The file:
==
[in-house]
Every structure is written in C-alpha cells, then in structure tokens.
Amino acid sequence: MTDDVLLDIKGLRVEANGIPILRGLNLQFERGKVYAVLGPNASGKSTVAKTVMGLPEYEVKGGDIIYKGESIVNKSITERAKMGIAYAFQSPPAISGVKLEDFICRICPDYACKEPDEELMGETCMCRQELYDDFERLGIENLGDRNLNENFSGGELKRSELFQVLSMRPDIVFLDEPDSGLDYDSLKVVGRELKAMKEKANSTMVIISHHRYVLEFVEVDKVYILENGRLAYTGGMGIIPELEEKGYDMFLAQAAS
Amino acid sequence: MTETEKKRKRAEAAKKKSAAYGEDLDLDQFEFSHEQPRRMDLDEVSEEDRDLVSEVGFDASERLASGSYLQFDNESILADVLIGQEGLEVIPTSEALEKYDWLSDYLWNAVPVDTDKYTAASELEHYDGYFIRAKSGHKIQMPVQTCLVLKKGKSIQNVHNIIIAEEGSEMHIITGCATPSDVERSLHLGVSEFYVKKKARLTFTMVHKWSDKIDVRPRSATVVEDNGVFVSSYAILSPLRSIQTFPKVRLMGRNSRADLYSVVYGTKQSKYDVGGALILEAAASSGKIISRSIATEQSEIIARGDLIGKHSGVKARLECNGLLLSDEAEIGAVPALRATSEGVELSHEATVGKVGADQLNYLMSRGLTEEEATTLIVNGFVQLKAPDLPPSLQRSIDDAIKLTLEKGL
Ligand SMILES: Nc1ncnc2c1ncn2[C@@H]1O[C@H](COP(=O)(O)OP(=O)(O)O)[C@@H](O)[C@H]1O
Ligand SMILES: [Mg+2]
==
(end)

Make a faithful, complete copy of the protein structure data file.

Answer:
[in-house]
Every structure is written in C-alpha cells, then in structure tokens.
Amino acid sequence: MTDDVLLDIKGLRVEANGIPILRGLNLQFERGKVYAVLGPNASGKSTVAKTVMGLPEYEVKGGDIIYKGESIVNKSITERAKMGIAYAFQSPPAISGVKLEDFICRICPDYACKEPDEELMGETCMCRQELYDDFERLGIENLGDRNLNENFSGGELKRSELFQVLSMRPDIVFLDEPDSGLDYDSLKVVGRELKAMKEKANSTMVIISHHRYVLEFVEVDKVYILENGRLAYTGGMGIIPELEEKGYDMFLAQAAS
Amino acid sequence: MTETEKKRKRAEAAKKKSAAYGEDLDLDQFEFSHEQPRRMDLDEVSEEDRDLVSEVGFDASERLASGSYLQFDNESILADVLIGQEGLEVIPTSEALEKYDWLSDYLWNAVPVDTDKYTAASELEHYDGYFIRAKSGHKIQMPVQTCLVLKKGKSIQNVHNIIIAEEGSEMHIITGCATPSDVERSLHLGVSEFYVKKKARLTFTMVHKWSDKIDVRPRSATVVEDNGVFVSSYAILSPLRSIQTFPKVRLMGRNSRADLYSVVYGTKQSKYDVGGALILEAAASSGKIISRSIATEQSEIIARGDLIGKHSGVKARLECNGLLLSDEAEIGAVPALRATSEGVELSHEATVGKVGADQLNYLMSRGLTEEEATTLIVNGFVQLKAPDLPPSLQRSIDDAIKLTLEKGL
Ligand SMILES: Nc1ncnc2c1ncn2[C@@H]1O[C@H](COP(=O)(O)OP(=O)(O)O)[C@@H](O)[C@H]1O
Ligand SMILES: [Mg+2]